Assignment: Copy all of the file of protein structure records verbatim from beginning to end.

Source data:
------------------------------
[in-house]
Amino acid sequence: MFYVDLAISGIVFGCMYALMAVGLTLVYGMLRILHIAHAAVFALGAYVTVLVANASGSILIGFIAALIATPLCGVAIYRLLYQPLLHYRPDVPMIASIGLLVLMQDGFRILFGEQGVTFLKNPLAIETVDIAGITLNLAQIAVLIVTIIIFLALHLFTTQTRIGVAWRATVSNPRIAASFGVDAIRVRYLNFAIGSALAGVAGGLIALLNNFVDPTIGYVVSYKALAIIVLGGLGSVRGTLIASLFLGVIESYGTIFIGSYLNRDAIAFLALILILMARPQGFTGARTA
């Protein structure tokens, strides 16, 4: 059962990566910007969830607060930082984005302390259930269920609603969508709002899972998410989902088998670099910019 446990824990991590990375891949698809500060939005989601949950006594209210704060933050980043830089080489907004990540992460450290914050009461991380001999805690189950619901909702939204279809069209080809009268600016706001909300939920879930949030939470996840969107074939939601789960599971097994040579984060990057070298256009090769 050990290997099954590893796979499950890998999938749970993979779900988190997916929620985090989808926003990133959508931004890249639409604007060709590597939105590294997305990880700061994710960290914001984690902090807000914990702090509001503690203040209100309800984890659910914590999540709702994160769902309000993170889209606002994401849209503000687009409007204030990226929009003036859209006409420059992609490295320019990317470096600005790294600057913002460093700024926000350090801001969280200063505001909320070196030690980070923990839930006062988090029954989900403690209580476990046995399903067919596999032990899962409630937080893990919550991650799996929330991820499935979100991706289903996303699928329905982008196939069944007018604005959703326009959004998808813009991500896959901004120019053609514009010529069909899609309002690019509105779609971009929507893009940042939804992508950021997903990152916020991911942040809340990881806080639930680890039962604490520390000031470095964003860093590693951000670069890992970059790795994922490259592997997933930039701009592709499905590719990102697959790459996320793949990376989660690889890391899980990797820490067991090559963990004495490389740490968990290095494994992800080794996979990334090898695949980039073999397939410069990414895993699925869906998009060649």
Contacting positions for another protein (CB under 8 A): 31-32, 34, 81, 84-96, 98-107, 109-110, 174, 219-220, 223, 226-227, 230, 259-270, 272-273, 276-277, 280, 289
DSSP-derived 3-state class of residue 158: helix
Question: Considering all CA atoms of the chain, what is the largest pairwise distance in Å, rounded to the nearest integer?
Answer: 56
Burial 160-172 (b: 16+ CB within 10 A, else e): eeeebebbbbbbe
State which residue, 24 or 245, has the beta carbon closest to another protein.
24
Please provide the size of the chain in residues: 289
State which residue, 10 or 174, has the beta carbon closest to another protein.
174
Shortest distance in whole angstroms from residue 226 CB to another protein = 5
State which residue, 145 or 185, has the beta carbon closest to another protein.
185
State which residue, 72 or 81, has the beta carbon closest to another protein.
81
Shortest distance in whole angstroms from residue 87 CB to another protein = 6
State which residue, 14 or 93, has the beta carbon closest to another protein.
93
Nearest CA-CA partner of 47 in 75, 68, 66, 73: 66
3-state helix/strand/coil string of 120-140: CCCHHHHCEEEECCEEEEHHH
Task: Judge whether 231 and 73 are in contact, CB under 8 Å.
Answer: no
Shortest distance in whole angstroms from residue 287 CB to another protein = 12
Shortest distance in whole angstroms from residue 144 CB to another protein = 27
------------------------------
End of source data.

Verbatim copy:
[in-house]
Amino acid sequence: MFYVDLAISGIVFGCMYALMAVGLTLVYGMLRILHIAHAAVFALGAYVTVLVANASGSILIGFIAALIATPLCGVAIYRLLYQPLLHYRPDVPMIASIGLLVLMQDGFRILFGEQGVTFLKNPLAIETVDIAGITLNLAQIAVLIVTIIIFLALHLFTTQTRIGVAWRATVSNPRIAASFGVDAIRVRYLNFAIGSALAGVAGGLIALLNNFVDPTIGYVVSYKALAIIVLGGLGSVRGTLIASLFLGVIESYGTIFIGSYLNRDAIAFLALILILMARPQGFTGARTA
């Protein structure tokens, strides 16, 4: 059962990566910007969830607060930082984005302390259930269920609603969508709002899972998410989902088998670099910019 446990824990991590990375891949698809500060939005989601949950006594209210704060933050980043830089080489907004990540992460450290914050009461991380001999805690189950619901909702939204279809069209080809009268600016706001909300939920879930949030939470996840969107074939939601789960599971097994040579984060990057070298256009090769 050990290997099954590893796979499950890998999938749970993979779900988190997916929620985090989808926003990133959508931004890249639409604007060709590597939105590294997305990880700061994710960290914001984690902090807000914990702090509001503690203040209100309800984890659910914590999540709702994160769902309000993170889209606002994401849209503000687009409007204030990226929009003036859209006409420059992609490295320019990317470096600005790294600057913002460093700024926000350090801001969280200063505001909320070196030690980070923990839930006062988090029954989900403690209580476990046995399903067919596999032990899962409630937080893990919550991650799996929330991820499935979100991706289903996303699928329905982008196939069944007018604005959703326009959004998808813009991500896959901004120019053609514009010529069909899609309002690019509105779609971009929507893009940042939804992508950021997903990152916020991911942040809340990881806080639930680890039962604490520390000031470095964003860093590693951000670069890992970059790795994922490259592997997933930039701009592709499905590719990102697959790459996320793949990376989660690889890391899980990797820490067991090559963990004495490389740490968990290095494994992800080794996979990334090898695949980039073999397939410069990414895993699925869906998009060649």
Contacting positions for another protein (CB under 8 A): 31-32, 34, 81, 84-96, 98-107, 109-110, 174, 219-220, 223, 226-227, 230, 259-270, 272-273, 276-277, 280, 289
DSSP-derived 3-state class of residue 158: helix
Question: Considering all CA atoms of the chain, what is the largest pairwise distance in Å, rounded to the nearest integer?
Answer: 56
Burial 160-172 (b: 16+ CB within 10 A, else e): eeeebebbbbbbe
State which residue, 24 or 245, has the beta carbon closest to another protein.
24
Please provide the size of the chain in residues: 289
State which residue, 10 or 174, has the beta carbon closest to another protein.
174
Shortest distance in whole angstroms from residue 226 CB to another protein = 5
State which residue, 145 or 185, has the beta carbon closest to another protein.
185
State which residue, 72 or 81, has the beta carbon closest to another protein.
81
Shortest distance in whole angstroms from residue 87 CB to another protein = 6
State which residue, 14 or 93, has the beta carbon closest to another protein.
93
Nearest CA-CA partner of 47 in 75, 68, 66, 73: 66
3-state helix/strand/coil string of 120-140: CCCHHHHCEEEECCEEEEHHH
Task: Judge whether 231 and 73 are in contact, CB under 8 Å.
Answer: no
Shortest distance in whole angstroms from residue 287 CB to another protein = 12
Shortest distance in whole angstroms from residue 144 CB to another protein = 27